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This chapter is from the book

This chapter is from the book

Using Subrequests

You want to find out the result of a request to an internal resource, such as the resulting filename or MIME type.


Use lookup_uri() or lookup_file() methods from the Apache class to create an Apache::SubRequest object, then check the result of the subrequest using an appropriate method.

my $sub = $r->lookup_uri("/fleet/trireme.html");

# Find the absolute path to the resource.
my $filename = $sub->filename;


Because both Apache and mod_perl allow you to be creative in how URIs actually map to files (or avoid physical files all together), the ability to simulate server behavior for a given URI can be a powerful tool. For instance, it may seem obvious that trireme.html in the preceding example is an HTML file, but names can be deceiving, especially if the following RewriteRule is in place:

RewriteRule ^/fleet/(.*)\.html /images/$1.gif [PT]

Of course, most of the time the URI will not be a hard-coded filename within the code but instead be determined dynamically at request time, making any conjecture on the programmer's part pointless. For this reason, mod_perl provides the lookup_uri() method, along with the similar but less often used lookup_file(), which allows you to run parts of the request cycle on either a URI or an absolute filename and test the results of the request against various criteria.

lookup_uri() and lookup_file() actually initiate what is known as a subrequest. A subrequest is an Apache request that is not directly associated with a request from a client browser. Subrequests can be initiated by Apache internally, such as with error responses trapped with an ErrorDocument configuration setting, or generated programmatically using the lookup_uri() and lookup_file() methods. Both lookup_uri() and lookup_file() run a request through part of the Apache request cycle and return an Apache::SubRequest object.

The Apache::SubRequest class is a complete subclass of the Apache class, and therefore the Apache::SubRequest object has access to all of the methods normally associated with the Apache request object. The Apache::SubRequest class also extends the Apache class by adding a single new method, run().

The lookup_uri() and lookup_file() methods function differently only in the respect that lookup_uri() will attempt to map the URI to a physical file using the translation phase of the request cycle, whereas lookup_file() will not. Both methods will then proceed through the access, authentication, and authorization phases, as well as the MIME type checking and fixup phases, but will stop short of actual content generation.

Generating a subrequest within your code allows for some interesting functionality—you can simulate a request and see what results, or you can transfer control from one request to another, eliminating slow client-side redirects in your scripts. In the preceding sample code, we used a subrequest to determine the physical filename of a URI the end-user might request. We could just as easily have used the resulting Apache::SubRequest object to determine the MIME type of the file, or just about any other attribute of the request.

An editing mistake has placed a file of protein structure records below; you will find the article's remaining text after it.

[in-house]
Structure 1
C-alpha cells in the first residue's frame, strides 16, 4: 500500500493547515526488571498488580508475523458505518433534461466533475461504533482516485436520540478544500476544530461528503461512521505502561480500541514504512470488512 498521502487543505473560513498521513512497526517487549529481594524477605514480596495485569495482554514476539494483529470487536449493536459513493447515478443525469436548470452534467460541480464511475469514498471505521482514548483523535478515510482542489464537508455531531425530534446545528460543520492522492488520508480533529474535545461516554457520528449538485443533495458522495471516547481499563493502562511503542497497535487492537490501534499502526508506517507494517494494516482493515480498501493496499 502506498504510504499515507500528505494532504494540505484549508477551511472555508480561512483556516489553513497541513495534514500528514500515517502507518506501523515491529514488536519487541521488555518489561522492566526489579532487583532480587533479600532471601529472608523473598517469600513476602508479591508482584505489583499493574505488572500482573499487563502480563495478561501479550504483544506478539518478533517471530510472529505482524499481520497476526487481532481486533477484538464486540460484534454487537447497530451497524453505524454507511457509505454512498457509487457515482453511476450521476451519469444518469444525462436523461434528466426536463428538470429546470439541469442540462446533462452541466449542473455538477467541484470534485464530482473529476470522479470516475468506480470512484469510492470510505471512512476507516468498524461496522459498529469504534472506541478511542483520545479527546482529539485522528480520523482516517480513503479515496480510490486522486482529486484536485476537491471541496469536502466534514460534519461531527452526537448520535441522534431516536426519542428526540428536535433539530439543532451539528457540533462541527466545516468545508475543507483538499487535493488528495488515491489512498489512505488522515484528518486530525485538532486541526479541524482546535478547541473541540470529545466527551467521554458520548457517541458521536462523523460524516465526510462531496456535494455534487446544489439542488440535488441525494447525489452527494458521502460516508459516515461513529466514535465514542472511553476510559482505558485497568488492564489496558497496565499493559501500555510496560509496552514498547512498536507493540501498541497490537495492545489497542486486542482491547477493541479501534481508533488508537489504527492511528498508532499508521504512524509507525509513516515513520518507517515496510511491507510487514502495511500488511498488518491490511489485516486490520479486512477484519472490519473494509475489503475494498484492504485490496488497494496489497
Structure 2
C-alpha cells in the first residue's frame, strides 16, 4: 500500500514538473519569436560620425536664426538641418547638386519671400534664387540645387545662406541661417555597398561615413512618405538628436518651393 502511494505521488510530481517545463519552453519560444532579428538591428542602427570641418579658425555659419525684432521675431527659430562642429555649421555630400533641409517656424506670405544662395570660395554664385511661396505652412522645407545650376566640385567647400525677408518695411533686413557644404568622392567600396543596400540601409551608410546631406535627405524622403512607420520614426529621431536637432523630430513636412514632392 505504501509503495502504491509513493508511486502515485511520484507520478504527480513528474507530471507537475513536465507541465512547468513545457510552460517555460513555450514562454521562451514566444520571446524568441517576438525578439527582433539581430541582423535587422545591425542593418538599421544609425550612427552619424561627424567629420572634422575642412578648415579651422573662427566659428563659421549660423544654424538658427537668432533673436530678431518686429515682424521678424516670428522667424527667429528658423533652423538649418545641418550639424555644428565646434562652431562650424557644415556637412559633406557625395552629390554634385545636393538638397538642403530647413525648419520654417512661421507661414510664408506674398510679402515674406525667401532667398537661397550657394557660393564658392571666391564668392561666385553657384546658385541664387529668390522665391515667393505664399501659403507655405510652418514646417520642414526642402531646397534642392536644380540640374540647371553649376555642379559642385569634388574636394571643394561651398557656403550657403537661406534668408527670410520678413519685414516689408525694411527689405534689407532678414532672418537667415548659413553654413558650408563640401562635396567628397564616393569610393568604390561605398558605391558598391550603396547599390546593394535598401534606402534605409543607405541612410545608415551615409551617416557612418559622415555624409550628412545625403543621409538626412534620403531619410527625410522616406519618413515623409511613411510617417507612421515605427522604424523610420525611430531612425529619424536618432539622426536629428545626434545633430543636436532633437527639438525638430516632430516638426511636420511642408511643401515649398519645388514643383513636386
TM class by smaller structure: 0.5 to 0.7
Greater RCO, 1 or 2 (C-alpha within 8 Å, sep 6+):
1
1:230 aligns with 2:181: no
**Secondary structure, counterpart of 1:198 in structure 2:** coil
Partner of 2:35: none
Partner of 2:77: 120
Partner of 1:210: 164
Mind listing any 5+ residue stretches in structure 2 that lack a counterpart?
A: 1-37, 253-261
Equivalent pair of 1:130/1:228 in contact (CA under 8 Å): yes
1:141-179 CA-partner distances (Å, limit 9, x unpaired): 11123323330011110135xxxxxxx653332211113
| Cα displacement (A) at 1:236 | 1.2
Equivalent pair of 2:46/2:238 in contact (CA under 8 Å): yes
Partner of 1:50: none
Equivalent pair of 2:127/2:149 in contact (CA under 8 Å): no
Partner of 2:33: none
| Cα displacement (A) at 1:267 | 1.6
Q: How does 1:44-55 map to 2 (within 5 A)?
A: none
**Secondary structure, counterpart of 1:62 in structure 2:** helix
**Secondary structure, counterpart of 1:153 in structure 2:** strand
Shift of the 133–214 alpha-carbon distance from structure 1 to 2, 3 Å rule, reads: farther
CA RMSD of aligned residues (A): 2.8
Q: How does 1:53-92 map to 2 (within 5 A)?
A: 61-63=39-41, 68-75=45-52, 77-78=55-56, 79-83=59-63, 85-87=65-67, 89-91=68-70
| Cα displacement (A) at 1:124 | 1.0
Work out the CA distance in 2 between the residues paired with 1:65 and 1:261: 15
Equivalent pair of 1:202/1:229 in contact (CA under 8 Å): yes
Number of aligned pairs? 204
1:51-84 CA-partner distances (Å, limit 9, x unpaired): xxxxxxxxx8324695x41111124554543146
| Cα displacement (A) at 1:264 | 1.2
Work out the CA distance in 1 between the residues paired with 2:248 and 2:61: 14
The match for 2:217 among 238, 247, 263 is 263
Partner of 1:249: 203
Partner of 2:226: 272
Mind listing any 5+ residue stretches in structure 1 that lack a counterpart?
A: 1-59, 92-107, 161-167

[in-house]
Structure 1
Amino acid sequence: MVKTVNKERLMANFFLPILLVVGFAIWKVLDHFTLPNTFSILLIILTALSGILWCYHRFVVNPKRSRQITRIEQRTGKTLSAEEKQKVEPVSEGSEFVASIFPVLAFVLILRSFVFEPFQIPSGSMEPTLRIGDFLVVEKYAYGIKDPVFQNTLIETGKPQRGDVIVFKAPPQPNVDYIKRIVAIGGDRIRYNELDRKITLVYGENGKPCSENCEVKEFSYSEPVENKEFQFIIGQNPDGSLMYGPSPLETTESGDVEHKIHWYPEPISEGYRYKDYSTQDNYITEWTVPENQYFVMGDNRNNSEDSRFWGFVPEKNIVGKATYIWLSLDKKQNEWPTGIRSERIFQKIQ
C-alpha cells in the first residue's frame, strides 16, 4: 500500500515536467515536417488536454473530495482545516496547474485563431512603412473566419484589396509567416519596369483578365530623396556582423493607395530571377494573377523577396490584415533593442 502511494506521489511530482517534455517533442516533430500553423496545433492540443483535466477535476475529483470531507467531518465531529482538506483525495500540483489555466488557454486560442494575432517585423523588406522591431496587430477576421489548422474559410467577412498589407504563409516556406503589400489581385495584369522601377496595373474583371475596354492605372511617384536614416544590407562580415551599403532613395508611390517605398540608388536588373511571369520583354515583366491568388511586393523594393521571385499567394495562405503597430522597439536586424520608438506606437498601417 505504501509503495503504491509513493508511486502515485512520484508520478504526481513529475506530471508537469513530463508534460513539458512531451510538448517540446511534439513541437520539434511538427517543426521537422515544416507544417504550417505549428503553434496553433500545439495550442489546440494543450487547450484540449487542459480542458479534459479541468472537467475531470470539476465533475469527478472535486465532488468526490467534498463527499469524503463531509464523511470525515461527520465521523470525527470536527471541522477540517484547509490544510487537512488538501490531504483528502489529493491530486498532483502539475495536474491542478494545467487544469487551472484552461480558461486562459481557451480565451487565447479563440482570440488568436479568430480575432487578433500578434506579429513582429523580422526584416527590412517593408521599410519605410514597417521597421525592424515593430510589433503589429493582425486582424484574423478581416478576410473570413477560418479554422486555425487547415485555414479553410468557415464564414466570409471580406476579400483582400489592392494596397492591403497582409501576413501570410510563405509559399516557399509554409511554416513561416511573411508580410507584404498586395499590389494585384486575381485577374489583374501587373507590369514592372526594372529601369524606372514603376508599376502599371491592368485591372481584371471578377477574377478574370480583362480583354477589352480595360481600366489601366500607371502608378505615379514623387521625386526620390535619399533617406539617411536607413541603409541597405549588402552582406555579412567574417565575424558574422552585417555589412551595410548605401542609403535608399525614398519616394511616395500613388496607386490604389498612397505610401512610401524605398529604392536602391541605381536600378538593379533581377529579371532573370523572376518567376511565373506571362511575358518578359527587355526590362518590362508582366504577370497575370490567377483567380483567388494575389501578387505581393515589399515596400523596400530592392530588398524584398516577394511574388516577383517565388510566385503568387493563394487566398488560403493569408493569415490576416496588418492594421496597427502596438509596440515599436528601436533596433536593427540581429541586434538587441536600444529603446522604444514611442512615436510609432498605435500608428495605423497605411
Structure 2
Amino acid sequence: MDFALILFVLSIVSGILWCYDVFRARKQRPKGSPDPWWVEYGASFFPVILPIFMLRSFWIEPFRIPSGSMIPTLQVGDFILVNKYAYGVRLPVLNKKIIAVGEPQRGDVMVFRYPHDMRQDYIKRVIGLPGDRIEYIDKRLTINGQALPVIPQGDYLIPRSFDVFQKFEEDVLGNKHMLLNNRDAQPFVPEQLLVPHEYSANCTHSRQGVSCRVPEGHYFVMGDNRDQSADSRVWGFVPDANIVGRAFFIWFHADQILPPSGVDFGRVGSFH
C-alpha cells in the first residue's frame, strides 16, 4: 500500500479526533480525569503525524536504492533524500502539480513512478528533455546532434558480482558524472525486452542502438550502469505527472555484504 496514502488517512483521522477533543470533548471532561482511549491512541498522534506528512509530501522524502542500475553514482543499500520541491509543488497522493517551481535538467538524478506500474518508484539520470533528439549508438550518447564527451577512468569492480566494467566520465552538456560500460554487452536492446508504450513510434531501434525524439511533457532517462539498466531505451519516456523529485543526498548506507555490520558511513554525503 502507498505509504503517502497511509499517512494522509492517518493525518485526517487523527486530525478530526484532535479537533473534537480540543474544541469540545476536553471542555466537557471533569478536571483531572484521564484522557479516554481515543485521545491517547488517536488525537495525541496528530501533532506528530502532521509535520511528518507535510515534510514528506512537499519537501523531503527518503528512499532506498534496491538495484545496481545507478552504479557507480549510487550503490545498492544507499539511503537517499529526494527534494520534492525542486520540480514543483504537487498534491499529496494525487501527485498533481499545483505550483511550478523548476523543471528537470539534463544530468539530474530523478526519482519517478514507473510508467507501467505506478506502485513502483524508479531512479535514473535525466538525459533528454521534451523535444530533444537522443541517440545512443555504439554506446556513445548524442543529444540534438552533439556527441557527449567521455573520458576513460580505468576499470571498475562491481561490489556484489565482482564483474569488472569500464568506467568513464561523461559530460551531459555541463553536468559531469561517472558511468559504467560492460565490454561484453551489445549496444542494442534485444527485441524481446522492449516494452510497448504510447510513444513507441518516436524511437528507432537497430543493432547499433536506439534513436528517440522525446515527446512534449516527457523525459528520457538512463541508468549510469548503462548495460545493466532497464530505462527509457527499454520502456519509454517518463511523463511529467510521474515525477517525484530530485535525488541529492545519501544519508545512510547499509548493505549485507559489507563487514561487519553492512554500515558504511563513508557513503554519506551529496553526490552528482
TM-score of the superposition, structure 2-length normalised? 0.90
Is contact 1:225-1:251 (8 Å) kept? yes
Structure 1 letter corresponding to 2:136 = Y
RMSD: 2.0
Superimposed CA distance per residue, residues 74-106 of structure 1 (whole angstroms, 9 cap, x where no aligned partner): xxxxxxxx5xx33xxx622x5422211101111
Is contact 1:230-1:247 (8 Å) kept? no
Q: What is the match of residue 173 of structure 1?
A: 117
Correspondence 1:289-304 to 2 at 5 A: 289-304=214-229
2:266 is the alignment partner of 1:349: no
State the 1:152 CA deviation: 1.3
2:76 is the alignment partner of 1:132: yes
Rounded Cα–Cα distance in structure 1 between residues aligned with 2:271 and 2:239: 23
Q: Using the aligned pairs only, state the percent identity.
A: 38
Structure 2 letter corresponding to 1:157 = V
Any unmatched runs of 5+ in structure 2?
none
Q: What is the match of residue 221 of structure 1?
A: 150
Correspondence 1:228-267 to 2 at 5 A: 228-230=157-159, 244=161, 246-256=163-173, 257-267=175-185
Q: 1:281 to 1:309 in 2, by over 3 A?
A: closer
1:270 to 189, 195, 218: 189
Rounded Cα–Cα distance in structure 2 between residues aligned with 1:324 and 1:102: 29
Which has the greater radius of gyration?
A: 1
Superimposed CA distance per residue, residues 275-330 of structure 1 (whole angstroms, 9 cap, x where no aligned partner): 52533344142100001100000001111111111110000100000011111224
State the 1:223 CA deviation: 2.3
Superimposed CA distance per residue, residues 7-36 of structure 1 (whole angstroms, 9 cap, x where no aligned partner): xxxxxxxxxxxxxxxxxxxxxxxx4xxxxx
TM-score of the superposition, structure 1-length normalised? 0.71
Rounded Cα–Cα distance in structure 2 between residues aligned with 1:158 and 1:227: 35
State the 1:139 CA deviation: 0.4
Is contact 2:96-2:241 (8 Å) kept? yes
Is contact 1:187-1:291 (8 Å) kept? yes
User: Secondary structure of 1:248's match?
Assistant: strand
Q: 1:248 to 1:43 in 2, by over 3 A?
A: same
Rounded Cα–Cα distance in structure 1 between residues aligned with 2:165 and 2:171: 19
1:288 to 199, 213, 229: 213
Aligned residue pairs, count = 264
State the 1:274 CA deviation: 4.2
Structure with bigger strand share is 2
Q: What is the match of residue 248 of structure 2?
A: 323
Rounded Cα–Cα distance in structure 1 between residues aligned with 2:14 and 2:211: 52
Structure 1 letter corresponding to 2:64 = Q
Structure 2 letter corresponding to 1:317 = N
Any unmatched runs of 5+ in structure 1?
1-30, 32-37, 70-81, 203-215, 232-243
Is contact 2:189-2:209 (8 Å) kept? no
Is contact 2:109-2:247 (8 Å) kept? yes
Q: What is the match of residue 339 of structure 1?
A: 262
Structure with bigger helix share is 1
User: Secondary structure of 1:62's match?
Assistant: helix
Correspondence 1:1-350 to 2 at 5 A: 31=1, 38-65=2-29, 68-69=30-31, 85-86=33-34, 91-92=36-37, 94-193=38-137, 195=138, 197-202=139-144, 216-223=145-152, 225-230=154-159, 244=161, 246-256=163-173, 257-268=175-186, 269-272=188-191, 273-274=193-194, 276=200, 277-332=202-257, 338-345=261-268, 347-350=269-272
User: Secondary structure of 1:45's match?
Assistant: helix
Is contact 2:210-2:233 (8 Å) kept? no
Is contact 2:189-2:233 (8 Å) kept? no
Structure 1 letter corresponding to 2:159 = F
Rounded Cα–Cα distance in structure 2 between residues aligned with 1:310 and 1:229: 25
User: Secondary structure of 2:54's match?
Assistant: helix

After you have performed any necessary tests on your subrequest, you can optionally run the content generation phase for that resource using Apache::SubRequest's run() method. Here is an example that sends content to the browser only if the subrequest turns out to be a plain file and is accessible.

my $sub = $r->lookup_uri($url);

# Send the file if it exists and the user has permission to see it.
# Unauthorized requests might return AUTH_REQUIRED or FORBIDDEN.
if (-f $sub->finfo && $sub->status == HTTP_OK) {
 return $sub->run;

# Otherwise, do something else...

The run() method added by the Apache::SubRequest class actually runs the content generation phase for the subrequest, sends the data to the client, and returns the exit status of the content handler, not the content generated by the subrequest. This status can be compared to any of the Apache::Constants HTTP return codes to determine whether the subrequest was successful, such as HTTP_OK or FORBIDDEN.

By default, headers set by subrequests are not allowed to pass through to the client. If you are using a subrequest to send content directly to the browser using run() you are required to send the server response headers yourself from the main request. This default behavior can, however, be altered by passing run() a single true argument, which will toggle whether the subrequest will be responsible for generating and sending its own headers.

# Forget about sending headers yourself,
# let the Apache the subrequest do it.
return $sub->run(1);
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